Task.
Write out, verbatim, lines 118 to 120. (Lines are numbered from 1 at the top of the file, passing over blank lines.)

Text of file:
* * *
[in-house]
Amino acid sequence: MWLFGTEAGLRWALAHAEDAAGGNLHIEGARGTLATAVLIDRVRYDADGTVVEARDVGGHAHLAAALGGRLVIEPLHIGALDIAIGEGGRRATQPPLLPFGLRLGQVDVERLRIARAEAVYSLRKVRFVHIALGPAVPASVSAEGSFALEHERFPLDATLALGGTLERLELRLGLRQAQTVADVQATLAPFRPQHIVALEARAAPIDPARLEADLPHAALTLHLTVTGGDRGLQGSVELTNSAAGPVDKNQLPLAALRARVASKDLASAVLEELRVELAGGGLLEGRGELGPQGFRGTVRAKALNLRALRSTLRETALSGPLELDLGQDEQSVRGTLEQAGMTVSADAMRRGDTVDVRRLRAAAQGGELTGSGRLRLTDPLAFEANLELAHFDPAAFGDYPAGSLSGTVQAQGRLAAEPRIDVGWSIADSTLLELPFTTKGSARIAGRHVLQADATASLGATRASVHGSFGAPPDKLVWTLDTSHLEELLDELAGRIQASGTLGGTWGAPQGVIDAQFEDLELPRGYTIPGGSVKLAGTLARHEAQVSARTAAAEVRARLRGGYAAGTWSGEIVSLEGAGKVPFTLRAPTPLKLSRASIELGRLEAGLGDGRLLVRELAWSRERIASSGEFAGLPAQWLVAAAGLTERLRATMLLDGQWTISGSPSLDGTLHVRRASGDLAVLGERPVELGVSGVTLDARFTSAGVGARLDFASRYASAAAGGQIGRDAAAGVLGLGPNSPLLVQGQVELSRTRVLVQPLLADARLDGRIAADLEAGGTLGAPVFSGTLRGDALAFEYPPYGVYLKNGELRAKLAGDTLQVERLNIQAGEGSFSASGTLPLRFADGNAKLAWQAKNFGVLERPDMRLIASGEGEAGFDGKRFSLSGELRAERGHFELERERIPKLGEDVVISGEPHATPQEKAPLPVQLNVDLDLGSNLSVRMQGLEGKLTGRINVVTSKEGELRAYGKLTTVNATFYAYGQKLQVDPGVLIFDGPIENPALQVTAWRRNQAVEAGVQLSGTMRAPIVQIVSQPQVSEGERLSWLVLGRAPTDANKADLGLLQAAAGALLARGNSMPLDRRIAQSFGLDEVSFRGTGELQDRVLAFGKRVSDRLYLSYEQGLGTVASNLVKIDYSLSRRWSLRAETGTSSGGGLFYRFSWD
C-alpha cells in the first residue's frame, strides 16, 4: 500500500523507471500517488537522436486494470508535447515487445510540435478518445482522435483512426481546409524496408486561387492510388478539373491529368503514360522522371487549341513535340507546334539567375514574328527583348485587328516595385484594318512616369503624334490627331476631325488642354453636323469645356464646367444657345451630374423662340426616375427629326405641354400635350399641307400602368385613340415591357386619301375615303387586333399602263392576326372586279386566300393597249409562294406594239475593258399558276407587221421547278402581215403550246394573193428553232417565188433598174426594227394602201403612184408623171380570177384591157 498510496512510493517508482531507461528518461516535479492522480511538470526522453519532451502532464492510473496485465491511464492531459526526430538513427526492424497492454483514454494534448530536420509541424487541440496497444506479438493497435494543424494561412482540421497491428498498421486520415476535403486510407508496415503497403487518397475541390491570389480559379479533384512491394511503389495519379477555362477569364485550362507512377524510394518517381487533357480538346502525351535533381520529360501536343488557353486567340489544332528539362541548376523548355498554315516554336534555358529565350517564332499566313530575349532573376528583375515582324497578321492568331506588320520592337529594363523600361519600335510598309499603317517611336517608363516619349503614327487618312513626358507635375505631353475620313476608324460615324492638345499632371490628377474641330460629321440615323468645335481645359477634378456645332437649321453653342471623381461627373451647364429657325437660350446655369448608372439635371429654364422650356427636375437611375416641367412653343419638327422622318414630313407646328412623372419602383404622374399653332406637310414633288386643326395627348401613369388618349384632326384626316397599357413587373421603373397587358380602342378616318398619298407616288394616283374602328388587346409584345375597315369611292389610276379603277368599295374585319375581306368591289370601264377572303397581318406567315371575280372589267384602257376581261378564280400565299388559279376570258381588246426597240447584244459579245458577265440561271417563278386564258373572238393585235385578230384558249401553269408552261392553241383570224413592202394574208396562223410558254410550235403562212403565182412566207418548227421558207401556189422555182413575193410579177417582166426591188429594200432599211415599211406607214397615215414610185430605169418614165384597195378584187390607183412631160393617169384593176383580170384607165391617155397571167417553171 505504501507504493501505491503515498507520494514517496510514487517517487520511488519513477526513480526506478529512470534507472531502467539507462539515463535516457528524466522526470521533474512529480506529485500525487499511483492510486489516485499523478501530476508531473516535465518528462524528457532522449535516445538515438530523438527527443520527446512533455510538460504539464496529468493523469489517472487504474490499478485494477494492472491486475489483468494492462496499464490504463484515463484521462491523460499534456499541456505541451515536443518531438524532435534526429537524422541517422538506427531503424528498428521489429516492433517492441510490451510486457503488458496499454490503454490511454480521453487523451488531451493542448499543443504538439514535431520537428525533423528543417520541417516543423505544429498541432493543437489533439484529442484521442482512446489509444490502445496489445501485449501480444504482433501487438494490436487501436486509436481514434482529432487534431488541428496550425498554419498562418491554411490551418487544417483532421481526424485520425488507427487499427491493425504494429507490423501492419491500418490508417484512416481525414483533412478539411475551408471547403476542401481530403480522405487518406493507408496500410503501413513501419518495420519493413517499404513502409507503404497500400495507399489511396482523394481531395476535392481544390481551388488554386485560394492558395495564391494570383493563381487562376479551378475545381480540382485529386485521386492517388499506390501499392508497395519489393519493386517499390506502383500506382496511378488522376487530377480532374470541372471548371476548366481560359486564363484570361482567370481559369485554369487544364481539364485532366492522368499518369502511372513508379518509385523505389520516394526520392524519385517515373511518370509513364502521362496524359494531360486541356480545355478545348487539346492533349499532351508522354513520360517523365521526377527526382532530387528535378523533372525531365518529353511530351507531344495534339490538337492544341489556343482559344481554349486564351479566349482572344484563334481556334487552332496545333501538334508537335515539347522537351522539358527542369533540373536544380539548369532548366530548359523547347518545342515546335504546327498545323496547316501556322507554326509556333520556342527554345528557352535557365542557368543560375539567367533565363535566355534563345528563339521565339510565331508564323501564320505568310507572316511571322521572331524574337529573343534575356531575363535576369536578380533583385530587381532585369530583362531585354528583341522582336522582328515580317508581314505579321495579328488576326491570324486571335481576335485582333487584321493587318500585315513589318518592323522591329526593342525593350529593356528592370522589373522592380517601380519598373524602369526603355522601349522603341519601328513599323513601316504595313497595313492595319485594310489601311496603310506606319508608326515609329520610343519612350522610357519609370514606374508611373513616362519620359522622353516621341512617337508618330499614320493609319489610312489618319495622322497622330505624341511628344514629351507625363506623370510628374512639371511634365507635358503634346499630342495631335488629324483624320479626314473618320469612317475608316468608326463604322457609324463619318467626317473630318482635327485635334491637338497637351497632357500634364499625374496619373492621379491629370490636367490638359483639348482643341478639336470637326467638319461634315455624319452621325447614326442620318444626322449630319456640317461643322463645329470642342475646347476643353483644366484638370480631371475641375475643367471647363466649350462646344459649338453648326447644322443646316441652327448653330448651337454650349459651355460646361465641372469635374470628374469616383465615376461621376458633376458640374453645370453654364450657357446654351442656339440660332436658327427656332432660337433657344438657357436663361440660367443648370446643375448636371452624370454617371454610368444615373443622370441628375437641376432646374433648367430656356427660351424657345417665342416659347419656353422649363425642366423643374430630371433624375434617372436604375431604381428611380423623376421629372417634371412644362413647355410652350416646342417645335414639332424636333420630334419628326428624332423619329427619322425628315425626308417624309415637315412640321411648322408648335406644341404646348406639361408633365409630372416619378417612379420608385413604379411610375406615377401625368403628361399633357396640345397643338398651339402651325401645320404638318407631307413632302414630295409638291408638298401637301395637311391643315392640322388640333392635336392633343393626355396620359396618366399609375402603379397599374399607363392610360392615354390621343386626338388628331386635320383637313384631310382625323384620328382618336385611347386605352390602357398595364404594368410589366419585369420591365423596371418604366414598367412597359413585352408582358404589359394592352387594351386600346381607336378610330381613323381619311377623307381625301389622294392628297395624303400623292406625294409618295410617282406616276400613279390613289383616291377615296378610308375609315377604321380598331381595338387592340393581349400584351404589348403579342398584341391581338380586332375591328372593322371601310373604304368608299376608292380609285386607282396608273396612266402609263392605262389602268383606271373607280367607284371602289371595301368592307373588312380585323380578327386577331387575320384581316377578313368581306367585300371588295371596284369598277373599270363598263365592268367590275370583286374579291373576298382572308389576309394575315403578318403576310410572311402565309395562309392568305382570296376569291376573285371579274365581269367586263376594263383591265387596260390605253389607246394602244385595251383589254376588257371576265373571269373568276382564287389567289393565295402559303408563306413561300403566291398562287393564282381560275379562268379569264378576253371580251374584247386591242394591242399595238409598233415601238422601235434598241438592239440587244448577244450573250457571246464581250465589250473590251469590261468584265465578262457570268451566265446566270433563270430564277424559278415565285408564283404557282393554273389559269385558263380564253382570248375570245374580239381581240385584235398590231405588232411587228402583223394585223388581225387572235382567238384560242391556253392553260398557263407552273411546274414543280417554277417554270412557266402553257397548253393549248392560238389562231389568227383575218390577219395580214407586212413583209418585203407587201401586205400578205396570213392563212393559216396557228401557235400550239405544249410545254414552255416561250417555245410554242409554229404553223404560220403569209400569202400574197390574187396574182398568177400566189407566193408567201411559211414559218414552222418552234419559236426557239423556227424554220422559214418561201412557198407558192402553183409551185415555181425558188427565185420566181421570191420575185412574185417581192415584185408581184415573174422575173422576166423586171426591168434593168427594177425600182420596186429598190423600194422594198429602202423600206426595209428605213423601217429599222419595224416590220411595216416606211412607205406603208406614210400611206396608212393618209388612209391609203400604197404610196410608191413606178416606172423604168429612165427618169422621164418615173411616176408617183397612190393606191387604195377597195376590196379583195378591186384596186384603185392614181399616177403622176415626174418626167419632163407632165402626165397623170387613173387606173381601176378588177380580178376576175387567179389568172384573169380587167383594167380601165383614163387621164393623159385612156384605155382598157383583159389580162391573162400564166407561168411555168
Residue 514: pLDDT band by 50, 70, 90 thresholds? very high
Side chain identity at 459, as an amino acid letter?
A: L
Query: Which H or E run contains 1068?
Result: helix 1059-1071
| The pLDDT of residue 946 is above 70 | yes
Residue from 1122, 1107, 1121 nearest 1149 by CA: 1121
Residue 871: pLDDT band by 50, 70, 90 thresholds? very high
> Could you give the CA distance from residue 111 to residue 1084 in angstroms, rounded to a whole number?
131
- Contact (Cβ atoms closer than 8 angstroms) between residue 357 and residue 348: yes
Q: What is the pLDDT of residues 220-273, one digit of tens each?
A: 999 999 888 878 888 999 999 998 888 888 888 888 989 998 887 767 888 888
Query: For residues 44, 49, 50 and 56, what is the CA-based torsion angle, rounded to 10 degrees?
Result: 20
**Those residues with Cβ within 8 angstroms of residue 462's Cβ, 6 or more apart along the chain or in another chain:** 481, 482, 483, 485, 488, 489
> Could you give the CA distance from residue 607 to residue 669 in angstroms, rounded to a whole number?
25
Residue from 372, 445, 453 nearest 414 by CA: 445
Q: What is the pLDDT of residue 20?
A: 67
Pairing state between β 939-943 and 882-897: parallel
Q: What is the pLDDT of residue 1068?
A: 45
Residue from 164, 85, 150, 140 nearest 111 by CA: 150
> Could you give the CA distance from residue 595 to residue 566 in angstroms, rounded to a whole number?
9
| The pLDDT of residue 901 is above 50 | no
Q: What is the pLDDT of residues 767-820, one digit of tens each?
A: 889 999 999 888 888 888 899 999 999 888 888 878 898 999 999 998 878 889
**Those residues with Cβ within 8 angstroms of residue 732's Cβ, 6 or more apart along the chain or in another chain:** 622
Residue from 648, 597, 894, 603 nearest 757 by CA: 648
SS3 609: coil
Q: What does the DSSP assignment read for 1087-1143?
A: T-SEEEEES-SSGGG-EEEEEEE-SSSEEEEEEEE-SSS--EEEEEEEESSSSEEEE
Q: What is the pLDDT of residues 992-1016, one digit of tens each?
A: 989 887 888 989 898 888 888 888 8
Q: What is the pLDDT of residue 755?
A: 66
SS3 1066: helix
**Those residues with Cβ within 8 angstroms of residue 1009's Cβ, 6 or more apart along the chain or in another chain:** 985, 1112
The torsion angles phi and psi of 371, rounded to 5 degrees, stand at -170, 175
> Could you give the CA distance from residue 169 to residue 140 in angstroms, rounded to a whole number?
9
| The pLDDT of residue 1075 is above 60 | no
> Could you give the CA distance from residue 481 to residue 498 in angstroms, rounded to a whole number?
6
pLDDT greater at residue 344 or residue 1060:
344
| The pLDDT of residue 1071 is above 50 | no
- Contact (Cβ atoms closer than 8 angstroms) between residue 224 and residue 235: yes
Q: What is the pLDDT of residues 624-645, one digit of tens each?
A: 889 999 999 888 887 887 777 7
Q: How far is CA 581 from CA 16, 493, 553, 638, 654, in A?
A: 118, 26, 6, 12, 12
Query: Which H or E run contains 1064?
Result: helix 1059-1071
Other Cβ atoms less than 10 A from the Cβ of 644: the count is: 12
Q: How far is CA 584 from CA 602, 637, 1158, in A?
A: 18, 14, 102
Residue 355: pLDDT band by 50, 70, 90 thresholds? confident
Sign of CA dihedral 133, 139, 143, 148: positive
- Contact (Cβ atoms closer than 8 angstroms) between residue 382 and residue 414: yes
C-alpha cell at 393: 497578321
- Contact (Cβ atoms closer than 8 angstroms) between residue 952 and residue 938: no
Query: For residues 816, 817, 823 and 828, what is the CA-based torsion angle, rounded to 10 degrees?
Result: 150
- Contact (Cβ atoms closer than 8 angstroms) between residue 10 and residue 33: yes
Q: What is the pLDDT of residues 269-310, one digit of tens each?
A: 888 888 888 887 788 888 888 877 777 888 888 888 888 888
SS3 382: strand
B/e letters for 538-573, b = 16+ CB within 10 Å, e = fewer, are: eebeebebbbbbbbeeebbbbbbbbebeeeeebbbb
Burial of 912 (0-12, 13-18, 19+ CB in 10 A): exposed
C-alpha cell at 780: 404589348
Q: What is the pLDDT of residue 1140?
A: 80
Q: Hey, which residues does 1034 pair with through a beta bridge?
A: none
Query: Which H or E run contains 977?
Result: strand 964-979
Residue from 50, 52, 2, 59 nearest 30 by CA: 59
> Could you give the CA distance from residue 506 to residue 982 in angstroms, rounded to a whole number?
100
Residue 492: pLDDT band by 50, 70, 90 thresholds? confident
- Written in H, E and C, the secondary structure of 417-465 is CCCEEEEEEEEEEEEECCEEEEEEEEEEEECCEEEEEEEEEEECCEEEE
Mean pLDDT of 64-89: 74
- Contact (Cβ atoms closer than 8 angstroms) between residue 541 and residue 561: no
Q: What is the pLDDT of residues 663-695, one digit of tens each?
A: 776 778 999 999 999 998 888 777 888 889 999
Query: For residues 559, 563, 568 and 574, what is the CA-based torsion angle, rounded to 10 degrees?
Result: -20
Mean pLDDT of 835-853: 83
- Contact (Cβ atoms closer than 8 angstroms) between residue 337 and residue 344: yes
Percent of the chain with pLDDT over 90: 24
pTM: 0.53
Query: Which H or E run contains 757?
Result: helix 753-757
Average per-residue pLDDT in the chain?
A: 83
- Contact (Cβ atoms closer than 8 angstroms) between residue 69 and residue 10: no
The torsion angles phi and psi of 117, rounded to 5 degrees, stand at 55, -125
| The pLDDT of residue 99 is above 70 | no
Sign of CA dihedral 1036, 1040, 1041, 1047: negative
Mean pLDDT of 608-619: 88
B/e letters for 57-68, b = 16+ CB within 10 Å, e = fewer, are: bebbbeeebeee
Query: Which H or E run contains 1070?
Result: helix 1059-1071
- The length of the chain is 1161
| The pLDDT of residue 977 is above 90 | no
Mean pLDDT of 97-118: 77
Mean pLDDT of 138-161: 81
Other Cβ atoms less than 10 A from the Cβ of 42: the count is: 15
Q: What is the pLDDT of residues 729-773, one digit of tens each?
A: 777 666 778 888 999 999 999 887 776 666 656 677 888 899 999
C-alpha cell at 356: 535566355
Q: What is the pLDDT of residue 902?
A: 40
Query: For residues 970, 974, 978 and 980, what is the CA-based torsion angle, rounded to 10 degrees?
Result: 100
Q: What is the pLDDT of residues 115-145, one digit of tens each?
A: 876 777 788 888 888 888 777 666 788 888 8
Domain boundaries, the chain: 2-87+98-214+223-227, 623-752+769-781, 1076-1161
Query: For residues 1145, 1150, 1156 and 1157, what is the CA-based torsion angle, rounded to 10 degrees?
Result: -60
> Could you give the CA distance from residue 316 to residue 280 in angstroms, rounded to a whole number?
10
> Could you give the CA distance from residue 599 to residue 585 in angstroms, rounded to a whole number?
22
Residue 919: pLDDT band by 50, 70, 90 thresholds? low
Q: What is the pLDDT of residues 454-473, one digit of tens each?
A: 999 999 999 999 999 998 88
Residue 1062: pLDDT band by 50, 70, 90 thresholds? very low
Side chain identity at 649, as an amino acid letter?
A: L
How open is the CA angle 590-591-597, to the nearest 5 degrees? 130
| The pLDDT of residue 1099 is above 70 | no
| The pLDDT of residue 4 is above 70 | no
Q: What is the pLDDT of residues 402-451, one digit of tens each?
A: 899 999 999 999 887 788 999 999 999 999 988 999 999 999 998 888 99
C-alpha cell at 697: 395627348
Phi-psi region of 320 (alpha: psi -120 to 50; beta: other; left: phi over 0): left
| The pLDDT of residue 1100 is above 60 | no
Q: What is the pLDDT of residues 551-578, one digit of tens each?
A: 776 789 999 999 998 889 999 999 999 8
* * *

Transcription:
C-alpha cell at 356: 535566355
Q: What is the pLDDT of residue 902?
A: 40